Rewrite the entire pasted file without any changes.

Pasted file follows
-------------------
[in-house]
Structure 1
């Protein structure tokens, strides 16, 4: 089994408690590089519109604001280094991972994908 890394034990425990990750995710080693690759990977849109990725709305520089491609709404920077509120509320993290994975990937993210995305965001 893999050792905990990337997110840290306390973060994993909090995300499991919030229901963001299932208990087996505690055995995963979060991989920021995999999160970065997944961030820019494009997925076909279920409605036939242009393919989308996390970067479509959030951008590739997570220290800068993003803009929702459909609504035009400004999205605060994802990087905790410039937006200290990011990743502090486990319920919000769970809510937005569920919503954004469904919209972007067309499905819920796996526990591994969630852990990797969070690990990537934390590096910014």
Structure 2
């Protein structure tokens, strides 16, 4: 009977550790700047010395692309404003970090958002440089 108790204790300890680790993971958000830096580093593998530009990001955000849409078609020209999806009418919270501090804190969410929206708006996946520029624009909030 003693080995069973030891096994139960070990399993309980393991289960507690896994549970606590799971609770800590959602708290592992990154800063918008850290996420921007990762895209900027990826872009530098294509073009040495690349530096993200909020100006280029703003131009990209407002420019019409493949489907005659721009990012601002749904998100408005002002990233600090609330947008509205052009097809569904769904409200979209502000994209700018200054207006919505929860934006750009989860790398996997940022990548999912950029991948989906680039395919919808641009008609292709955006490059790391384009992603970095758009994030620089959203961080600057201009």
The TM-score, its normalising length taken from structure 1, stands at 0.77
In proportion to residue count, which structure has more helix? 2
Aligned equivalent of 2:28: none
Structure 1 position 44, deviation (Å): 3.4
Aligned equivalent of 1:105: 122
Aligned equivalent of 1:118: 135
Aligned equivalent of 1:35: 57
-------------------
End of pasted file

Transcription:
[in-house]
Structure 1
């Protein structure tokens, strides 16, 4: 089994408690590089519109604001280094991972994908 890394034990425990990750995710080693690759990977849109990725709305520089491609709404920077509120509320993290994975990937993210995305965001 893999050792905990990337997110840290306390973060994993909090995300499991919030229901963001299932208990087996505690055995995963979060991989920021995999999160970065997944961030820019494009997925076909279920409605036939242009393919989308996390970067479509959030951008590739997570220290800068993003803009929702459909609504035009400004999205605060994802990087905790410039937006200290990011990743502090486990319920919000769970809510937005569920919503954004469904919209972007067309499905819920796996526990591994969630852990990797969070690990990537934390590096910014």
Structure 2
């Protein structure tokens, strides 16, 4: 009977550790700047010395692309404003970090958002440089 108790204790300890680790993971958000830096580093593998530009990001955000849409078609020209999806009418919270501090804190969410929206708006996946520029624009909030 003693080995069973030891096994139960070990399993309980393991289960507690896994549970606590799971609770800590959602708290592992990154800063918008850290996420921007990762895209900027990826872009530098294509073009040495690349530096993200909020100006280029703003131009990209407002420019019409493949489907005659721009990012601002749904998100408005002002990233600090609330947008509205052009097809569904769904409200979209502000994209700018200054207006919505929860934006750009989860790398996997940022990548999912950029991948989906680039395919919808641009008609292709955006490059790391384009992603970095758009994030620089959203961080600057201009």
The TM-score, its normalising length taken from structure 1, stands at 0.77
In proportion to residue count, which structure has more helix? 2
Aligned equivalent of 2:28: none
Structure 1 position 44, deviation (Å): 3.4
Aligned equivalent of 1:105: 122
Aligned equivalent of 1:118: 135
Aligned equivalent of 1:35: 57